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For all the wealth that ever I did fee,
Biron. Now step I forth to whip hypocrisie.
[coming forward. Good heart, what grace haft thou thus to reprove These worms for loving, that art most in love? Your eyes
do make no coaches in your tears, There is no certain Princess that appears? You'll not be perjur'd, 'tis a hateful thing;
King. Too bitter is thy jest.
Biron. Not you by me, but I betray'd by you.
CRITIC Timon--] ought evidently to be cynic.
When shall you see me write a thing in rhime?
King. Soft, whither away fo faft?
Enter Jaquenetta and Costard.
King. If it mar nothing neither,
Jaq. I beseech your Grace, let this letter be read, Our Parson misdoubts it: it was treason, he said.
King. Biron, read it over. [He reads the letter. Where hadft thou it?
Jaq. Of Coftard.
not fear it. Long. It did move him to passion, and therefore
let's hear it. Dum. It is Biron's writing, and here is his name. Biron. Ah, you whoreson loggerhead, you were born to do me shame.
[Tó Coftard. Guilty, my lord, guilty: I confess, I confess.
up the mess. Vol. II,
He, he, and you; and you, my liege, and I
Biron. True, true; we are four :
King. Hence, Sirs, away. Cost. Walk aside the true folk, and let the traitors stay.
[Exeunt Coft. and Jaquen. Biron. Sweet lords, sweet lovers, O, let us embrace:
As true aś we are, as flesh and blood can be. The sea will ebb and flow, heaven will shew his face:
Young blood doth not obey an old decree. We cannot cross the cause why we were born, Therefore of all hands must we be forfworn. King. What, did these rent lines fhew fome love of
At the first opening of the gorgeous eaft)
Kisses the base ground with obedient breaft? What peremptory eagle-fighted eye
Dares look upon the heaven of her brow,
O, but for my love, day would turn to night. Of all complexions the culld Sovereignty
Do meet, as at a Fair, in her fair cheek; Where several worthies make one dignity;
Where nothing wants, that want it self doth feek.
Lend me the flourish of all gentle tongues ;
Fie, painted rhetorick! O, she needs it not :
She passes praise; the praise, too short, doth blot,
Might shake off fifty, looking in her eye:
And gives the crutch the cradle's infancy;
King. By heav'n, thy love is black as ebony,
A wife of such wood were felicity.
That I may swear, Beauty doth beauty lack,
No face is fair, that is not full so black?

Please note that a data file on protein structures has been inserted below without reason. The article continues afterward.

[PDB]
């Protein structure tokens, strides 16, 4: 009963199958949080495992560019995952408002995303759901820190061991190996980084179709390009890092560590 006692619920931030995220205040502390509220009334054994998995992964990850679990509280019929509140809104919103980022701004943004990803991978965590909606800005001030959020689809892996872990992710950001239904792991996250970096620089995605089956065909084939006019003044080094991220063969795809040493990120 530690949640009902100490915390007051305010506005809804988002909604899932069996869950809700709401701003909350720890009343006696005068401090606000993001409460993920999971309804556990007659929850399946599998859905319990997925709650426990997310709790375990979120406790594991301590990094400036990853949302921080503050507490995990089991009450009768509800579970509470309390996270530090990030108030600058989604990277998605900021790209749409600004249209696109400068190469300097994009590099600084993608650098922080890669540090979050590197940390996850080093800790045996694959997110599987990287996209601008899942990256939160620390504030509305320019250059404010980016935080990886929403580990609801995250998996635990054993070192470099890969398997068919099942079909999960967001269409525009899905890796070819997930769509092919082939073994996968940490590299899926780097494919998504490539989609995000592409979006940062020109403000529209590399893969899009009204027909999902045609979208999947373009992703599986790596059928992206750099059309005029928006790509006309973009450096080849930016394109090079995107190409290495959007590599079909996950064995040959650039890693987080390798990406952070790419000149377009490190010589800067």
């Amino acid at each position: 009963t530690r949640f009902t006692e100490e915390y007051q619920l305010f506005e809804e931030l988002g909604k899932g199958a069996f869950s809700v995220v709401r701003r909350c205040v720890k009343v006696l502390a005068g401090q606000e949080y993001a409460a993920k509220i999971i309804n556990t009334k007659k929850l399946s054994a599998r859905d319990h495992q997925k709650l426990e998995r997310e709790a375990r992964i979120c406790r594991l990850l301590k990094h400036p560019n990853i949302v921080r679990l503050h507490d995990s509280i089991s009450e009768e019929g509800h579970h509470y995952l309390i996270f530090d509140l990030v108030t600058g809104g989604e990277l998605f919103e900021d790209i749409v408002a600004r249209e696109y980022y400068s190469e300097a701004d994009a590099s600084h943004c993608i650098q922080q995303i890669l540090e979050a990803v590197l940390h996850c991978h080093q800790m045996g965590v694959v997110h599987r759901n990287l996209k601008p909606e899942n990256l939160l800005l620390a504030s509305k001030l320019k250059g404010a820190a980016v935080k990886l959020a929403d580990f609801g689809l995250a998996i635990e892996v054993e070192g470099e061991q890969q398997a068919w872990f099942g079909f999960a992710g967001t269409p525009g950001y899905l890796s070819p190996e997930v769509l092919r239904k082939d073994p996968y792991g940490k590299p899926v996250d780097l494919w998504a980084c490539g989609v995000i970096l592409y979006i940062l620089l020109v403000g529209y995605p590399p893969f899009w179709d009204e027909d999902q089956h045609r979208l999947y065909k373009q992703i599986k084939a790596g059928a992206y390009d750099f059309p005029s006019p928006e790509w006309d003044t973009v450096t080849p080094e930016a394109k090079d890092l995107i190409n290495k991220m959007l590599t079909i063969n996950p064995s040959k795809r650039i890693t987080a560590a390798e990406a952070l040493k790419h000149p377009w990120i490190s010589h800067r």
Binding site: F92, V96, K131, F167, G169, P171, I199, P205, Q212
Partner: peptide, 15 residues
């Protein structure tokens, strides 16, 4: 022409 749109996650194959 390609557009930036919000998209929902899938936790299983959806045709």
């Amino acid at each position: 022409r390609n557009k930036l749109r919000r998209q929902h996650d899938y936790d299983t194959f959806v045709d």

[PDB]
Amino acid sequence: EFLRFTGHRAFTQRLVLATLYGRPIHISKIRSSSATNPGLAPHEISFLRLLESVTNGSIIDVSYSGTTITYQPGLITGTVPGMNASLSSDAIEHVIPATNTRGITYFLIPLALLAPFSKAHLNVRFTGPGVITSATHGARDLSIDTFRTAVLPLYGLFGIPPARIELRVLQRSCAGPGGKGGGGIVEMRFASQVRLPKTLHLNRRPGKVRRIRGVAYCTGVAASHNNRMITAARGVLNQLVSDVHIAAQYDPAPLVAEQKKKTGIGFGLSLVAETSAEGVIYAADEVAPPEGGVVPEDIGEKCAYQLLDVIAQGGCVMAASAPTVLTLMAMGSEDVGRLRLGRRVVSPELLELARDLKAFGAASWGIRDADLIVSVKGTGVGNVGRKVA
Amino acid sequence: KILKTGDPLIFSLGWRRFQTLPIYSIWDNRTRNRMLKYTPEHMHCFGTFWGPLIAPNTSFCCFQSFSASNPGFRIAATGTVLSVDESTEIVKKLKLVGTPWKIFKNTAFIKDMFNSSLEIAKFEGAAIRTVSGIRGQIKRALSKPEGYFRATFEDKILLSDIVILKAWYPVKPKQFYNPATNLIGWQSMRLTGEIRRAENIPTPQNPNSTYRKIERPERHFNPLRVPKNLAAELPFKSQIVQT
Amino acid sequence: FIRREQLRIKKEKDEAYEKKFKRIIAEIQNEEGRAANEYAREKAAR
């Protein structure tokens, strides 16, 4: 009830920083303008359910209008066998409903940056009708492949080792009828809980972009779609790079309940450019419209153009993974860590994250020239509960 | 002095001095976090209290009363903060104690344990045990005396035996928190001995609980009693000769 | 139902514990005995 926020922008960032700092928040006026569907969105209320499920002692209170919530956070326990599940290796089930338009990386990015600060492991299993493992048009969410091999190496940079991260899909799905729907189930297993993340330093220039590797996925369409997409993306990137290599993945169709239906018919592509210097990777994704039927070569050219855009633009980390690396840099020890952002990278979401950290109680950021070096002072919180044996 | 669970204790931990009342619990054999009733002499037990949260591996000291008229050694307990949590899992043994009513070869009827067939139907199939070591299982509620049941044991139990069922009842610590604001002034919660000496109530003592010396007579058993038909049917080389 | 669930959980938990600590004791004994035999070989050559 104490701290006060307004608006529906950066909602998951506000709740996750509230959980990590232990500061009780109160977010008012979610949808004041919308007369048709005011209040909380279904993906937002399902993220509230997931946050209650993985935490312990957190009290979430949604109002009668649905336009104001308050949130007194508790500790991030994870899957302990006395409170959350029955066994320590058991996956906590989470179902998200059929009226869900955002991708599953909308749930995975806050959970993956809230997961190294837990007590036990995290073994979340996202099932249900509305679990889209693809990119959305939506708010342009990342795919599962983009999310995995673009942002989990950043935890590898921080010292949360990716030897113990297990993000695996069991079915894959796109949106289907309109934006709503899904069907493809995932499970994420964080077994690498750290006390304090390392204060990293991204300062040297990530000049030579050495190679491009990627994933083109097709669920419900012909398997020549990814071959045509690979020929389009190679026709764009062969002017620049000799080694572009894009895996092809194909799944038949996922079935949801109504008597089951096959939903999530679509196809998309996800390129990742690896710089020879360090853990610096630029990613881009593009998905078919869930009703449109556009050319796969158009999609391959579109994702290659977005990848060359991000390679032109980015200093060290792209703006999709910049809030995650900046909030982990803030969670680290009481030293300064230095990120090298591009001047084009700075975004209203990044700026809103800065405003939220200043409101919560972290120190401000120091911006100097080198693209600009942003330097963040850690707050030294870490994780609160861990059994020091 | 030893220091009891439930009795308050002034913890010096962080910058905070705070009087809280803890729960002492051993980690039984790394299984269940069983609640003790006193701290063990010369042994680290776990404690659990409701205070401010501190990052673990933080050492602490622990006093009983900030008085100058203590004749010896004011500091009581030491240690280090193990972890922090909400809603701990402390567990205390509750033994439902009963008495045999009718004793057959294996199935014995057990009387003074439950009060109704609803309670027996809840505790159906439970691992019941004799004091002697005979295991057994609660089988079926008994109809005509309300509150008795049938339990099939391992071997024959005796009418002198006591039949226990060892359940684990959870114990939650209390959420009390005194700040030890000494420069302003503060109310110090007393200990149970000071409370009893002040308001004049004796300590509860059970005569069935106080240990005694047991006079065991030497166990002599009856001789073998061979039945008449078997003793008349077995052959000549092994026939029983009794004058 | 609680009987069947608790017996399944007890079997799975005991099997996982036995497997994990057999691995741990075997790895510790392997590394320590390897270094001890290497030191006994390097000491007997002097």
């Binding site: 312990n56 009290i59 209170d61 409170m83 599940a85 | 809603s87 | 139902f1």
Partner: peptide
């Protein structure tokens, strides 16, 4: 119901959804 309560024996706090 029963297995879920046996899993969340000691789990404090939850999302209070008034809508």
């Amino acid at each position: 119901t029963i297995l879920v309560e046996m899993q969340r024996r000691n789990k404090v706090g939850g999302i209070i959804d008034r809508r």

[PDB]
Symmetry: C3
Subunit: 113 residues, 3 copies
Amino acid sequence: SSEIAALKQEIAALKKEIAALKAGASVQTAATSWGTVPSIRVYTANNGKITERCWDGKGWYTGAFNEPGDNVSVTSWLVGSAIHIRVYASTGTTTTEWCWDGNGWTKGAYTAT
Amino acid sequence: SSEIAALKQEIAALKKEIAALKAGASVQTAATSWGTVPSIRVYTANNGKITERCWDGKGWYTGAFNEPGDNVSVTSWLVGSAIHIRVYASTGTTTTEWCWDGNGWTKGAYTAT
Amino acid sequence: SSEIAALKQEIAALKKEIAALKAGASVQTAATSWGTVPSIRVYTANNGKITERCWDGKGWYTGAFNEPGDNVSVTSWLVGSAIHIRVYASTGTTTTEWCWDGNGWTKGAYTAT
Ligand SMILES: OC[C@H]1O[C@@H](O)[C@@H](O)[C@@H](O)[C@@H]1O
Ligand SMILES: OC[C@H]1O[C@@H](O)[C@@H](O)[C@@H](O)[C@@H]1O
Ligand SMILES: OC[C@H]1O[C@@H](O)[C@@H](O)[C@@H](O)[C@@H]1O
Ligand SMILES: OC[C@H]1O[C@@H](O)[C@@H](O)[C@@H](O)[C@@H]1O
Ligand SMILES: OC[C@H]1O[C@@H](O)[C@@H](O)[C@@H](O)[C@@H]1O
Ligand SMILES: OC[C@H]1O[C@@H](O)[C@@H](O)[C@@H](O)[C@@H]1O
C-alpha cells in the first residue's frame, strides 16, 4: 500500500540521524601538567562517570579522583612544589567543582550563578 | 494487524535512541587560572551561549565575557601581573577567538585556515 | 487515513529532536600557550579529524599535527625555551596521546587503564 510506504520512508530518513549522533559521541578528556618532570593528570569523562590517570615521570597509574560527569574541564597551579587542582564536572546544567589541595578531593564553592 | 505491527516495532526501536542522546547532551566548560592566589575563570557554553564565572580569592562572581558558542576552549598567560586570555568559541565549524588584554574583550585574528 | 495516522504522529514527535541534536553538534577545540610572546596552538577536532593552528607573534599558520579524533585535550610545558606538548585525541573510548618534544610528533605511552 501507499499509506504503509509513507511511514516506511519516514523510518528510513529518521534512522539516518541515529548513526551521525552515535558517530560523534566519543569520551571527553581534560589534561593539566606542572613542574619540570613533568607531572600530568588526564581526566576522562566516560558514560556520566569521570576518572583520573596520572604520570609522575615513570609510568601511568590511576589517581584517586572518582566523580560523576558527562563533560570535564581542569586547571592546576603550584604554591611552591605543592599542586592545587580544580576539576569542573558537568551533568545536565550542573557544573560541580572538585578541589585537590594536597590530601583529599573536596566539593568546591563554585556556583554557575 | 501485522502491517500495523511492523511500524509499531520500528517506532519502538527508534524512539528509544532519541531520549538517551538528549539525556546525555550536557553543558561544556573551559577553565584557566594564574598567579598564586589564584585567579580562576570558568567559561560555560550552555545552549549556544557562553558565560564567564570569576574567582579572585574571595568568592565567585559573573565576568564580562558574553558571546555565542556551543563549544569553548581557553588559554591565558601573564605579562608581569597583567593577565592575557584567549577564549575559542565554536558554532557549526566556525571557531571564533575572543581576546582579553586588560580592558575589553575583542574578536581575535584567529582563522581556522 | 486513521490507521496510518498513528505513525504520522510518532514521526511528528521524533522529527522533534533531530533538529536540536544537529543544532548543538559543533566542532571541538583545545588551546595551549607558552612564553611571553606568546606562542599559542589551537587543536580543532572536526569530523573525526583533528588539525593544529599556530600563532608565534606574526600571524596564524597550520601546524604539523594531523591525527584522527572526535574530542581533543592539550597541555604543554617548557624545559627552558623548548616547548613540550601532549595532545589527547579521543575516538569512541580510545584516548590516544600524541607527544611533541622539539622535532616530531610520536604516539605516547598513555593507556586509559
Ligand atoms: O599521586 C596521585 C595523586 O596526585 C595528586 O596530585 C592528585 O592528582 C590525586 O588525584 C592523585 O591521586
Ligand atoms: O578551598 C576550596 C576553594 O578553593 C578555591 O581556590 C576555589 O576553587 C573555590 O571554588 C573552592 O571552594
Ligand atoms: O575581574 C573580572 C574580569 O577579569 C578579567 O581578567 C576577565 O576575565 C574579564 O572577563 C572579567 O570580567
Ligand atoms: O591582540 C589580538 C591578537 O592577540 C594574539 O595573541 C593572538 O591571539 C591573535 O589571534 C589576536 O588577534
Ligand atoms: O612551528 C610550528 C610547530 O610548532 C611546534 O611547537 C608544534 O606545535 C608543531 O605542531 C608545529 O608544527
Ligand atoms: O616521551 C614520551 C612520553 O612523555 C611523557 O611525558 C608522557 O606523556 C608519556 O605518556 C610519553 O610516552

The hue of dungeons, and the scowl of night;
9 Is ebony like her? O WORD divine ! ] We should read, O wood divine.
black is the badge of hell: The hue of dungeons, and the SCHOOL of night ;] We Thould read, the scowl of night, i. e. the frown.
2 And beauty's CREST becomes the heavens well.] This is a contention between two lovers about the preference of a black or white beauty. But, in this reading, he who is contending for the white, takes for granted the thing in dispute ; by saying, that white is the cres of beauty. His adversary had just as much season to call black so. The question debated between them being which was the crest of beauty, black or white. Shakespear çould never write so absurdly: Nor has the Oxford Editor at all mended the matter by substituting dress for cref. We should read,
And beauty's Crete becomes the heavens well, i, e. beauty's white from sreta. In this reading the third line is a VOL. II,
O, if in black my lady's brow be deckt,
It mourns, that Painting and usurping Hair Should ravish doters with a false aspect :
And therefore is the born to make black fair. Her favour turns the fashion of the days,
For native blood is counted painting now; And therefore red, that would avoid dispraise,
Paints itself black to imitate her brow. Dum. To look like her, are chimney-sweepers
black. Long. And since her time, are colliers counted
bright. King. And Ethiops of their sweet complexion crack. Dum. Dark needs no candles now, for dark is
For fear their colours should be wash'd away. King. 'Twere good, yours did: for, Sir, to tell
, you plain, I'll find a fairer face not wash'd to day. Biron. I'll prove her fair, or talk 'till dooms-day
here. King. No devil will fright thee then so much as
she. Dum. I never knew man hold vile stuff so dear. Long. Look, here's thy love ; my foot and her face
fee. Biron. O, if the streets were paved with thine
eyes, Her feet were much too dainty for such tread. Dum. O vile! then as she goes, what upward lies
The street should see as the walkt over head.
proper antithesis to the firit. I suppose the blunder of the tranfcriber arose from hence, the french word crefie in that pronun. ciation and orthography is créte, which he understanding, and knowing nothing of the other signification of crete from creta, critically altered it to the English way of spelling, crefte.